"I had been down to the kitchen before her, having earlier extracted from Françoise, the bloodthirsty pacifist, a promise not to inflict too much pain on the rabbit she had had to kill, and wishing to know how it had met its death. Françoise assured me that everything had gone off perfectly, very quickly. 'I have never seen any animal like that. It just died without saying a single word. Maybe it was dumb...' Unversed in the speech habits of animals, I suggested that perhaps rabbits do not screech quite like chickens. 'Oh, what a thing to say!' Françoise gasped in indignation at such ignorance. 'As if a rabbit wouldn't screech as loud as a chicken! They've actually got much louder voices!"

--YBN's affection for Madame Swann really is quite romantically adorable
"So it is that the average life expectancy, the relative longevity of memories being much greater for those that commemorate poetic sensation than for those left by the pains of love, the heartbreak I suffered at that time because of Gilberte has faded forever, and has been outlived by the pleasure I derive, whenever I want to read off from a sundial of remembrance the minutes between a quarter past twelve and one o'clock on a fine day in May, from a glimpse of myself chatting with Mme Swann, sharing her sunshade as though standing with her in the pale glow of an arbor of wisteria.

--YBN on traveling
"The specific pleasure of traveling is not that it enables one to stop when tired or to stay somewhere along the way; it is that it can make the difference between departure and arrival not as unnoticeable as possible, but as profound as possible." this is why I prefer driving over flying, when possible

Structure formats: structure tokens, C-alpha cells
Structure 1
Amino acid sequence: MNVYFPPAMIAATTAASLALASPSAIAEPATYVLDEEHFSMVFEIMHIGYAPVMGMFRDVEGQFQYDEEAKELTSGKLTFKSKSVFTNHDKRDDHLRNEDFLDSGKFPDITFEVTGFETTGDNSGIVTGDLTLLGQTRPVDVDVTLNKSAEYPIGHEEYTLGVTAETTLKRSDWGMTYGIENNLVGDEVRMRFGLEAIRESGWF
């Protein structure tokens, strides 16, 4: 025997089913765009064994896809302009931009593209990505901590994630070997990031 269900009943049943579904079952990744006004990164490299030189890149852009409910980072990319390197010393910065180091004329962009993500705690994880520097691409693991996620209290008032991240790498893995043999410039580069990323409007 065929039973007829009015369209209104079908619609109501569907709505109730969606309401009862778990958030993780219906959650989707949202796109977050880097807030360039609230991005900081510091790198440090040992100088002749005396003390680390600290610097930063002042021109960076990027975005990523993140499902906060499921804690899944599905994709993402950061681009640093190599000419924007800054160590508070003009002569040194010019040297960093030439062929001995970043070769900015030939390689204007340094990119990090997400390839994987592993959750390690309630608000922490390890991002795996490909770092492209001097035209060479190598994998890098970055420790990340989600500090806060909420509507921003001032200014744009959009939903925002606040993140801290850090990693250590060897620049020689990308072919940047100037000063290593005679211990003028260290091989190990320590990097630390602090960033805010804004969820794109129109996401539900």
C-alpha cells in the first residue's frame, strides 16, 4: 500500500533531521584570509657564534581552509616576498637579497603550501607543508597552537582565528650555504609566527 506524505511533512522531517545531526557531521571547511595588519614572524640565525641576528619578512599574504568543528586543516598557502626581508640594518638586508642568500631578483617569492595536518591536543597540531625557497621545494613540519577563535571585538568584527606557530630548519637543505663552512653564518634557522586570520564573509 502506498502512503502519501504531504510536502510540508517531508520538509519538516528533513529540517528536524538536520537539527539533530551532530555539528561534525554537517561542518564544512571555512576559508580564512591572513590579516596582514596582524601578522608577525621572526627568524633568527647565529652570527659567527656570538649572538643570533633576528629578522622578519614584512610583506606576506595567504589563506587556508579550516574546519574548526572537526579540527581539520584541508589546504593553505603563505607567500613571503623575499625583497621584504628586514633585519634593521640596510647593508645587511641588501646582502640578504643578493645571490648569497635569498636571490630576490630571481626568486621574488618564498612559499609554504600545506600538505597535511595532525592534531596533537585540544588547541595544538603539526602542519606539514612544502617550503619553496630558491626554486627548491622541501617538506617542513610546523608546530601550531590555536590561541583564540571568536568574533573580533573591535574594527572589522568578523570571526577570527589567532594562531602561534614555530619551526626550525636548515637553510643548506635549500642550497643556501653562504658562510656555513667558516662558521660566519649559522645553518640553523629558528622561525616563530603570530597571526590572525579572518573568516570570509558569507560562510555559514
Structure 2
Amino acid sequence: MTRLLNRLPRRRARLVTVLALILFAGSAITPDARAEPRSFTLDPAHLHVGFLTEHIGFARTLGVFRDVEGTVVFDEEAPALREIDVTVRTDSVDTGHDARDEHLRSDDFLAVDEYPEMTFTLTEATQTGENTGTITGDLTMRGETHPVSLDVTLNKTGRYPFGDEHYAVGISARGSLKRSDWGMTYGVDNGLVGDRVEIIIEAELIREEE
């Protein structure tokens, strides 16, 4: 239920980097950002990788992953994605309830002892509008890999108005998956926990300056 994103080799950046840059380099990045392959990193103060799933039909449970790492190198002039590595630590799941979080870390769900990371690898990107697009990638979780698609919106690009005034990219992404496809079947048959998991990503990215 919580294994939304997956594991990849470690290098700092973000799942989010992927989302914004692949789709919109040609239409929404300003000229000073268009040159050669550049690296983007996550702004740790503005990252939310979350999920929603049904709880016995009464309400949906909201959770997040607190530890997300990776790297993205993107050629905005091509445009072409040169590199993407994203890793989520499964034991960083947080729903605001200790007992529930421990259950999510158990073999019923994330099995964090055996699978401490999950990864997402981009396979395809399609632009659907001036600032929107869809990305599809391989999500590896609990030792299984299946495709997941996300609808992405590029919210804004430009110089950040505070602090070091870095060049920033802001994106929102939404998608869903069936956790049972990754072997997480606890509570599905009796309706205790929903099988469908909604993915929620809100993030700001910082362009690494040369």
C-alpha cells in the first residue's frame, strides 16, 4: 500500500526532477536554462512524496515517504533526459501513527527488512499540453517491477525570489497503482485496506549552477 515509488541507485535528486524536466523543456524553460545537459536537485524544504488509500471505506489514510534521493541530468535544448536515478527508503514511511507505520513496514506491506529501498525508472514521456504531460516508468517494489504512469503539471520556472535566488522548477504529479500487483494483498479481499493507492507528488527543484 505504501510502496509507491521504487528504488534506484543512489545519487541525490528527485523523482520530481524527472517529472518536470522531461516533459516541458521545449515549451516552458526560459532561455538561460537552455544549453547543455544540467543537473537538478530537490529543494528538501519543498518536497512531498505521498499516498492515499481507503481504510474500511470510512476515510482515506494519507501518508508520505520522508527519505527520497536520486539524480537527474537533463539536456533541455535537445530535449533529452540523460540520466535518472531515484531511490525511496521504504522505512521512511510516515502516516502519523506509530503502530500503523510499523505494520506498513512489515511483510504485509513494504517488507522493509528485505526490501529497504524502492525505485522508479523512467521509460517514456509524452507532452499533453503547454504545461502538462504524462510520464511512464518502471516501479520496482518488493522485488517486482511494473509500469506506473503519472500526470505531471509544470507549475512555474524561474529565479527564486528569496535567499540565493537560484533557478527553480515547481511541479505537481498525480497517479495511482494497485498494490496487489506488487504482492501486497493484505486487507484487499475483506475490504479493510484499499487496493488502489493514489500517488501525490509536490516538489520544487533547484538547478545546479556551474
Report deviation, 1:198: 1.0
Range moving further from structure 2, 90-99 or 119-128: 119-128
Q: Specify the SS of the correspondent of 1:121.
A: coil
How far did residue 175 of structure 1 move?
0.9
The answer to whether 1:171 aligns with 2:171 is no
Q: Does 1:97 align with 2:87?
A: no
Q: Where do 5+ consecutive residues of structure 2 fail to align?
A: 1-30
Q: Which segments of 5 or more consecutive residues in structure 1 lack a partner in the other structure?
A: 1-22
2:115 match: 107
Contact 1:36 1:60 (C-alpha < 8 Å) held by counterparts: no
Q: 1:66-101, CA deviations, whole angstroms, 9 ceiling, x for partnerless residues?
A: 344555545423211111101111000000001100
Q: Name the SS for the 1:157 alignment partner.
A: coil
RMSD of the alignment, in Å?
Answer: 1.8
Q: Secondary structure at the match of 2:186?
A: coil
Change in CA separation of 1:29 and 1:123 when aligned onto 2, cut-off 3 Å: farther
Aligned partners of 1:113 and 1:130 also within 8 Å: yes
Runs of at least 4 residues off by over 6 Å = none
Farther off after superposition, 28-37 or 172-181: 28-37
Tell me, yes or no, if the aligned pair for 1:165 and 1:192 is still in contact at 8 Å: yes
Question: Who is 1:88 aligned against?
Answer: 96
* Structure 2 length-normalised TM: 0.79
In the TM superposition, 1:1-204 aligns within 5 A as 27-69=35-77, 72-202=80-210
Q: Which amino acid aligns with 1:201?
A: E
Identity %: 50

--Poor YBN on spending his first night in a new place (here, Balbec)
"Deprived of my universe, evicted from my room, with my very tenancy of my body jeopardized by the enemies about me, infiltrated to the bone by fever, I was alone and wished I could die." his grandmère sets up a system of knocking between their rooms to help him settle in.

--On photography
"Photography acquires a certain dignity, which it does not normally have, when it is not just a reproduction of reality but can show us things that no longer exist."

--On why we should allow ourselves an imagination
"What monotony and boredom color the lives of those who, from laziness or timidity, drive directly to the houses of friends whom they have come to know, without first having imagined them, without ever daring to dally along the way with what they desire!"

Sentences/passages I particularly enjoyed:
--"Theoretically, we are aware that the earth is spinning, but in reality we do not notice it: the ground we walk on seems to be stationary and gives no cause for alarm." -- deep, Prousty. deep.

--"Swann would usher me into his study and speak to me for an hour about things that my state of emotional turmoil prevented me from understanding a single word of, and to which I could reply only with stammerings, diffident dumbness, and sudden daring outbursts of short-winded incoherence."

--"With intelligent people, three-quarters of the things they suffer from come from their intelligence. The thing they can't do without is a doctor who's aware of that form of illness."

--"If we are to make reality endurable, we must all nourish a fantasy or two."

--On courtesans (aka prostitutes) -- "The climax of her day is not the moment when she dresses for society, but when she undresses for a man."

--"How preferable the malleable memory of her seems: instead of the real meeting with her, in your solitude you can dramatize a dream in which the girl who is not in love with you assures you that she is!"

--"Glowing in the glory of the morning, her face was pinker than the sky."

The quote for this blog's title is YBN -- are you surprised? Because I'M NOT. Take a break, Have a Nap, then come back and read my post for Volume III! x's and o's!